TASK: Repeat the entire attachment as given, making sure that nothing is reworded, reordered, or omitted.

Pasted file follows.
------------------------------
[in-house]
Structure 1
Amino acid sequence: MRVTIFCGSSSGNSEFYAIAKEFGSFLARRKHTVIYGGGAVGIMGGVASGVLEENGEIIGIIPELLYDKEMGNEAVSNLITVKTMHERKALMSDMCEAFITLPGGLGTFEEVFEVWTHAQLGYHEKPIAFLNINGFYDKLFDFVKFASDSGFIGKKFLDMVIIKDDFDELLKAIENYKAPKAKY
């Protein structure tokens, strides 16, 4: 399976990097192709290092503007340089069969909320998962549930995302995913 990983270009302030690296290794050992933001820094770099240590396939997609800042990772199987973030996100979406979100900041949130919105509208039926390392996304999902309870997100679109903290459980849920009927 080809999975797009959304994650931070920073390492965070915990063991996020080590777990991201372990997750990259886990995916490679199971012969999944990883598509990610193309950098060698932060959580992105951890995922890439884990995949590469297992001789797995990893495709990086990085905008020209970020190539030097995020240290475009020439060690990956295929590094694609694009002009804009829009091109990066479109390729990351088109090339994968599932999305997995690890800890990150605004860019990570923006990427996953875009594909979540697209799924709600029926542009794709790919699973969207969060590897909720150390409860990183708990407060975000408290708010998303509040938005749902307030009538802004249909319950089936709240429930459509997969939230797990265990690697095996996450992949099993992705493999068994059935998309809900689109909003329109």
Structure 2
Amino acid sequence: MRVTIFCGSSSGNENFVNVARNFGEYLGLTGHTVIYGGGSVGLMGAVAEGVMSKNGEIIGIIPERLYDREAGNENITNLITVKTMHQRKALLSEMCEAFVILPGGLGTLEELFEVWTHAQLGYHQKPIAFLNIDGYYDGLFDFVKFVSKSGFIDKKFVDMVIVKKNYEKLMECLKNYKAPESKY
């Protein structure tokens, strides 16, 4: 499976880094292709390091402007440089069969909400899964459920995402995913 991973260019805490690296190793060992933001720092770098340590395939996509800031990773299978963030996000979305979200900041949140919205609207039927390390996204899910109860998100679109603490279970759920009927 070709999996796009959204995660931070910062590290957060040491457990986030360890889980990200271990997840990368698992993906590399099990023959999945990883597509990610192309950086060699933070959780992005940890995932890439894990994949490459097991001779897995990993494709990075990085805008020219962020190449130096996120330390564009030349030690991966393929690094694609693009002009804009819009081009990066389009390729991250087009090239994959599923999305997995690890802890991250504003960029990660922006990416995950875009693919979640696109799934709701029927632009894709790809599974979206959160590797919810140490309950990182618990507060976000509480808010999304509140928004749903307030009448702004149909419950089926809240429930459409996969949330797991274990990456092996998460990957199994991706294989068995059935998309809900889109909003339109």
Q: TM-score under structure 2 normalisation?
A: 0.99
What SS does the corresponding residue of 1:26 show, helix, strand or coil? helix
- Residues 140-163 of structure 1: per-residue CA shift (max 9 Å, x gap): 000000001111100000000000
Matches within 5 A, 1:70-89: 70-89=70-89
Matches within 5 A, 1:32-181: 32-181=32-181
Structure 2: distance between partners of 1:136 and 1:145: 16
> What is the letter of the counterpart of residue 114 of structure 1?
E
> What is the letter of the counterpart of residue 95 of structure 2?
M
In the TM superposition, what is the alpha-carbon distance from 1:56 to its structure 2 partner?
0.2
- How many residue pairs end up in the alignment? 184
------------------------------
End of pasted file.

[in-house]
Structure 1
Amino acid sequence: MRVTIFCGSSSGNSEFYAIAKEFGSFLARRKHTVIYGGGAVGIMGGVASGVLEENGEIIGIIPELLYDKEMGNEAVSNLITVKTMHERKALMSDMCEAFITLPGGLGTFEEVFEVWTHAQLGYHEKPIAFLNINGFYDKLFDFVKFASDSGFIGKKFLDMVIIKDDFDELLKAIENYKAPKAKY
């Protein structure tokens, strides 16, 4: 399976990097192709290092503007340089069969909320998962549930995302995913 990983270009302030690296290794050992933001820094770099240590396939997609800042990772199987973030996100979406979100900041949130919105509208039926390392996304999902309870997100679109903290459980849920009927 080809999975797009959304994650931070920073390492965070915990063991996020080590777990991201372990997750990259886990995916490679199971012969999944990883598509990610193309950098060698932060959580992105951890995922890439884990995949590469297992001789797995990893495709990086990085905008020209970020190539030097995020240290475009020439060690990956295929590094694609694009002009804009829009091109990066479109390729990351088109090339994968599932999305997995690890800890990150605004860019990570923006990427996953875009594909979540697209799924709600029926542009794709790919699973969207969060590897909720150390409860990183708990407060975000408290708010998303509040938005749902307030009538802004249909319950089936709240429930459509997969939230797990265990690697095996996450992949099993992705493999068994059935998309809900689109909003329109």
Structure 2
Amino acid sequence: MRVTIFCGSSSGNENFVNVARNFGEYLGLTGHTVIYGGGSVGLMGAVAEGVMSKNGEIIGIIPERLYDREAGNENITNLITVKTMHQRKALLSEMCEAFVILPGGLGTLEELFEVWTHAQLGYHQKPIAFLNIDGYYDGLFDFVKFVSKSGFIDKKFVDMVIVKKNYEKLMECLKNYKAPESKY
């Protein structure tokens, strides 16, 4: 499976880094292709390091402007440089069969909400899964459920995402995913 991973260019805490690296190793060992933001720092770098340590395939996509800031990773299978963030996000979305979200900041949140919205609207039927390390996204899910109860998100679109603490279970759920009927 070709999996796009959204995660931070910062590290957060040491457990986030360890889980990200271990997840990368698992993906590399099990023959999945990883597509990610192309950086060699933070959780992005940890995932890439894990994949490459097991001779897995990993494709990075990085805008020219962020190449130096996120330390564009030349030690991966393929690094694609693009002009804009819009081009990066389009390729991250087009090239994959599923999305997995690890802890991250504003960029990660922006990416995950875009693919979640696109799934709701029927632009894709790809599974979206959160590797919810140490309950990182618990507060976000509480808010999304509140928004749903307030009448702004149909419950089926809240429930459409996969949330797991274990990456092996998460990957199994991706294989068995059935998309809900889109909003339109």
Q: TM-score under structure 2 normalisation?
A: 0.99
What SS does the corresponding residue of 1:26 show, helix, strand or coil? helix
- Residues 140-163 of structure 1: per-residue CA shift (max 9 Å, x gap): 000000001111100000000000
Matches within 5 A, 1:70-89: 70-89=70-89
Matches within 5 A, 1:32-181: 32-181=32-181
Structure 2: distance between partners of 1:136 and 1:145: 16
> What is the letter of the counterpart of residue 114 of structure 1?
E
> What is the letter of the counterpart of residue 95 of structure 2?
M
In the TM superposition, what is the alpha-carbon distance from 1:56 to its structure 2 partner?
0.2
- How many residue pairs end up in the alignment? 184